Documents point to QuadrigaCX using payment processor Crypto Capital

Last month, Miller Thomson, the law firm representing Quadriga’s former users, asked creditors for help in identifying if the failed Canadian exchange had used Crypto Capital Corp, a payment processor that is allegedly missing some $850 million

In a letter posted on its website on Jan. 22, the law firm said that it had received information that Quadriga had used a “Panamanian shadow bank” in the final quarter of its operation—presumably, that means September thru December 2018, since the exchange went belly up in January 2019.

Specifically, the law firm asked creditors to forward any emails or financial statements with names of people or companies linked to Crypto Capital. It offered a lengthy list that included Global Trading Solutions LLC and Global Trade Solutions AG.

The former was a shell company in Chandler, Ariz., set up on Feb. 14, 2018, by Reggie Fowler, one of the individuals alleged to have connections to Crypto Capital. The latter was the Swiss parent company of Crypto Capital. (The firm was cited as a parent company on Crypto Capital’s website.)

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Also, in a December 2018 letter published on this blog, Crypto Capital boss Ivan Molina wrote that “Global Trade Solutions AG and related entities” were being denied banking in the U.S., Europe and elsewhere as a result of financial crimes investigations. Molina was arrested for money laundering last year.

What about GTS Germany?

Global Trade Solutions Gmbh is not on Miller Thomson’s list. I can’t find it on any legal or court docs either, but someone posted on Reddit a year ago that they had received their Crypto Capital withdrawals from the company.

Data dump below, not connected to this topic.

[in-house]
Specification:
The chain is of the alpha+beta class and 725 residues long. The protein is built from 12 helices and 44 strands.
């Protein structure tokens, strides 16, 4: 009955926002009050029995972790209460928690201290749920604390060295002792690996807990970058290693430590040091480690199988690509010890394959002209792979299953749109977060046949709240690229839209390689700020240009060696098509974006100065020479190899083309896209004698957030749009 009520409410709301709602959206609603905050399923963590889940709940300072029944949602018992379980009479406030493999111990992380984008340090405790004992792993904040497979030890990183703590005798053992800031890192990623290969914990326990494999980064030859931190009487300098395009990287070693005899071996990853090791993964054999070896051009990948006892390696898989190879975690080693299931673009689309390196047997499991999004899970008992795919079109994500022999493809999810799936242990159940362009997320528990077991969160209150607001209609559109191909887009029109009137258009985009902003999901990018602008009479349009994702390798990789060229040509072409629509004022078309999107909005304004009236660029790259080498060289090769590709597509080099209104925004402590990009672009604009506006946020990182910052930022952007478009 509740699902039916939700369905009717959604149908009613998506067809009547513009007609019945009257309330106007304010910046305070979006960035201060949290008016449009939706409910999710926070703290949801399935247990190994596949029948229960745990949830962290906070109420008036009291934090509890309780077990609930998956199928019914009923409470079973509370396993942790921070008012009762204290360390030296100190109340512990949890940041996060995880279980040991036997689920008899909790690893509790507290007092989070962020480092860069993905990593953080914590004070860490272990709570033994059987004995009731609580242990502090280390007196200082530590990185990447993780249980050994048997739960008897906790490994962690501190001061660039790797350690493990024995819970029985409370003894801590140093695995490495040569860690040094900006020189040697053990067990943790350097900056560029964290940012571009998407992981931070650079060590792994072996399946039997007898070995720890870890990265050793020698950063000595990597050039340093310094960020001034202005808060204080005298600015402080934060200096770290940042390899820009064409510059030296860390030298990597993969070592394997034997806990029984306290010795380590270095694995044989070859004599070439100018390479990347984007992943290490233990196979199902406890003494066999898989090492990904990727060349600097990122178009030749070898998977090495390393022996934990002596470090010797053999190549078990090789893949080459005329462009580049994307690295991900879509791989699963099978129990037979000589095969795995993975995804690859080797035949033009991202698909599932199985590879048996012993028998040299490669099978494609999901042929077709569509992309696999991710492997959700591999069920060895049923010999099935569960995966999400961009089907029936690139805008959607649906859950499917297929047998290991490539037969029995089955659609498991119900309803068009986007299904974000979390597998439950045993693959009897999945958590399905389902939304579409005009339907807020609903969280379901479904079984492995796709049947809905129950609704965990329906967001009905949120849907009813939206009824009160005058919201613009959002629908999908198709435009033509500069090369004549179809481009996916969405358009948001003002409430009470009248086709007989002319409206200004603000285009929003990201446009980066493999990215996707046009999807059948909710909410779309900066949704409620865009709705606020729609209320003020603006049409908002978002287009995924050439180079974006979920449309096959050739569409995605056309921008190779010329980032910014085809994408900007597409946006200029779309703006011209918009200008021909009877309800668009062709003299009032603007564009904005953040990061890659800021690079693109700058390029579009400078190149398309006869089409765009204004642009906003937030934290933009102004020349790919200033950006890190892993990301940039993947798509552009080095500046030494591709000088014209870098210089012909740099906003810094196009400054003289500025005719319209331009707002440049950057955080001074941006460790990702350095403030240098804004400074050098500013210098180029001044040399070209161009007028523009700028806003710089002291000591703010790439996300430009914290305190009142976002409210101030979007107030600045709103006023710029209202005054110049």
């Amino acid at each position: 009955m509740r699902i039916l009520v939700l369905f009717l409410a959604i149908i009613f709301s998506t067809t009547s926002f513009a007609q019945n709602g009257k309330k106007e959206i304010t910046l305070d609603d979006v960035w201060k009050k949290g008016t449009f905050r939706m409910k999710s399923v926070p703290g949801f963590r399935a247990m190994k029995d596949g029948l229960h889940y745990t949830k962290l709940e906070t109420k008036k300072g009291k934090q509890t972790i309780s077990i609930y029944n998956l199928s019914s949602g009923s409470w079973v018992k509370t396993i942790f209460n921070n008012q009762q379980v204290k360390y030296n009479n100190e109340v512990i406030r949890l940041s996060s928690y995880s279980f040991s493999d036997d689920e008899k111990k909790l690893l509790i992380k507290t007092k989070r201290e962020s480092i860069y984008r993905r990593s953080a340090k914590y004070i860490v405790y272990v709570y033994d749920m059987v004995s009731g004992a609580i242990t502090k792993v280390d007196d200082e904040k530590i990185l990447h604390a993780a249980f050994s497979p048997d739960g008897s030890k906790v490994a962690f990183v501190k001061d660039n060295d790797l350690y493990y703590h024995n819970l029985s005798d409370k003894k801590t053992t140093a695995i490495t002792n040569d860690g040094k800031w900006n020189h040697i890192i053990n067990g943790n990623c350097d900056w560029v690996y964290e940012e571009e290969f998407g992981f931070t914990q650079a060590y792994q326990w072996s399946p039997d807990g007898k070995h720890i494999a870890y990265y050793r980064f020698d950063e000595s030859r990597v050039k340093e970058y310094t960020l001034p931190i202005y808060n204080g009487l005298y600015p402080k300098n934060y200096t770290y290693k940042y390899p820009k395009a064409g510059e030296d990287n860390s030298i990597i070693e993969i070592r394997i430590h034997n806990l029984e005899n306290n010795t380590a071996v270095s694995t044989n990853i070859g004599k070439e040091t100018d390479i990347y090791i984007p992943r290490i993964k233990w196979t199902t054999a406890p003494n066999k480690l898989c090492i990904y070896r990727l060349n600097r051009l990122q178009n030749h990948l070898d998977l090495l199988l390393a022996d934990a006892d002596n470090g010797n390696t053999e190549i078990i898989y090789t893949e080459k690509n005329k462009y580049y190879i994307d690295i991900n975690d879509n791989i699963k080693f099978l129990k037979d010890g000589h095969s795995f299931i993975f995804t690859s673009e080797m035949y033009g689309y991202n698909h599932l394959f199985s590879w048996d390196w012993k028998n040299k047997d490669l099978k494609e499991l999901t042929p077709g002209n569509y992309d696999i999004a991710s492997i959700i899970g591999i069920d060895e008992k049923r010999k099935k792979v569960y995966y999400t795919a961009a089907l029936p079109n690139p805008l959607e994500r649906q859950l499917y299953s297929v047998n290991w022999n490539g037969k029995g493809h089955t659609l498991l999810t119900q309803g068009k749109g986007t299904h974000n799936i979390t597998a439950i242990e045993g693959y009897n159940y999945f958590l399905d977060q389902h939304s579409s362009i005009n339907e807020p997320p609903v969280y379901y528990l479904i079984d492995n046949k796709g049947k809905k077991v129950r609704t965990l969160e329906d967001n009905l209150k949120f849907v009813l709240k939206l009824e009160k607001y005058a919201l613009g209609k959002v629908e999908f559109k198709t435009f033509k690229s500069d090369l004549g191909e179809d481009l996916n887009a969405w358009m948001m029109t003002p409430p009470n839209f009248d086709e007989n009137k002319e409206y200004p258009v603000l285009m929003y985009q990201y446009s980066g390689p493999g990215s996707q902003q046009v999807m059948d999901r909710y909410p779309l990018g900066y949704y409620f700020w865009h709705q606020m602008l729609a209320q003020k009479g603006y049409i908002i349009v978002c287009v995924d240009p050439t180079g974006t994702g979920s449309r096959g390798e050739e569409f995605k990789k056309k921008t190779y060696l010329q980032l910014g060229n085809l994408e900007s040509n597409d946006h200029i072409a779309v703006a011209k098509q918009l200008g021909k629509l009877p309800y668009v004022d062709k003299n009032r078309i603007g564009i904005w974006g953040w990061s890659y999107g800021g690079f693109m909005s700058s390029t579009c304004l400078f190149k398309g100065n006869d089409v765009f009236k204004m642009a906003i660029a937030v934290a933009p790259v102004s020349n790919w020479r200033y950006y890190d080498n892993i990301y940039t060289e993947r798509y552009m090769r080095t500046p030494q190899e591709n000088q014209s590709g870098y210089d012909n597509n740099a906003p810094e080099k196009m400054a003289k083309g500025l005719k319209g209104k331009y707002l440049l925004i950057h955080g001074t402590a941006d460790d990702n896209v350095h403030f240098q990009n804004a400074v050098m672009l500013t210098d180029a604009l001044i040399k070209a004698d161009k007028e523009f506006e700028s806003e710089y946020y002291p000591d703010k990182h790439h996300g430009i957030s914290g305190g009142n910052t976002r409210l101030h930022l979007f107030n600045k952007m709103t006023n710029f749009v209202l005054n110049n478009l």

The sole officer for Global Trade Solutions Gmbh is Ralf Hülsmann, who started on June 15, 2016. Researcher Robert-Jan den Haan found the German public registry for the company, and it is clearly associated with Spiral Global Trade Solutions AG, which is directly linked to Fowler.

Spiral Inc. is a holding company Fowler set up in 1989. At one time it held more than 100 businesses. He also owns Spiral Volleyball.

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Links to Quadriga

Two documents recently shared by individuals on Telegram claiming to be Quadriga creditors show funds sent to Global Trade Solutions Gmbh

On June 28, 2018, one creditor wired $50,000 CAD from the Royal Bank of Canada in Toronto to an account at Deutsche Bank in Germany belonging to Global Trade Solutions Gmbh.

“I should have followed my gut feelings when I was at the bank making this wire transfer,” the user told me. “I just had a very shady feeling.”

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Another creditor shared the following document on Telegram. Similarly, it shows funds being sent to a Global Trade Solutions Gmbh account at Deutsche Bank. The transfer appears to be going out from a bank in Toronto, but there is no date on it.

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Other evidence

There is other evidence to support Quadriga using Crypto Capital. At one time, the payment processor listed Quadriga on its website as a client. Gerald Cotten, the exchange’s now-deceased founder also admitted to using it in the past.

In an email to Bloomberg News on May 17, 2018, he wrote: “Crypto Capital is one such company that we have/do use. In general it works well, though there are occasionally hiccups.”

Assuming Quadriga did use Crypto Capital, the only question that remains is, was the payment processor holding any Quadriga funds when the exchange went belly up? (Remember, Quadriga didn’t keep any books, so it’s up to Miller Thomson and court-appointed trustee Ernst & Young to piece things together.) And if so, is there any chance in hell of getting those funds back?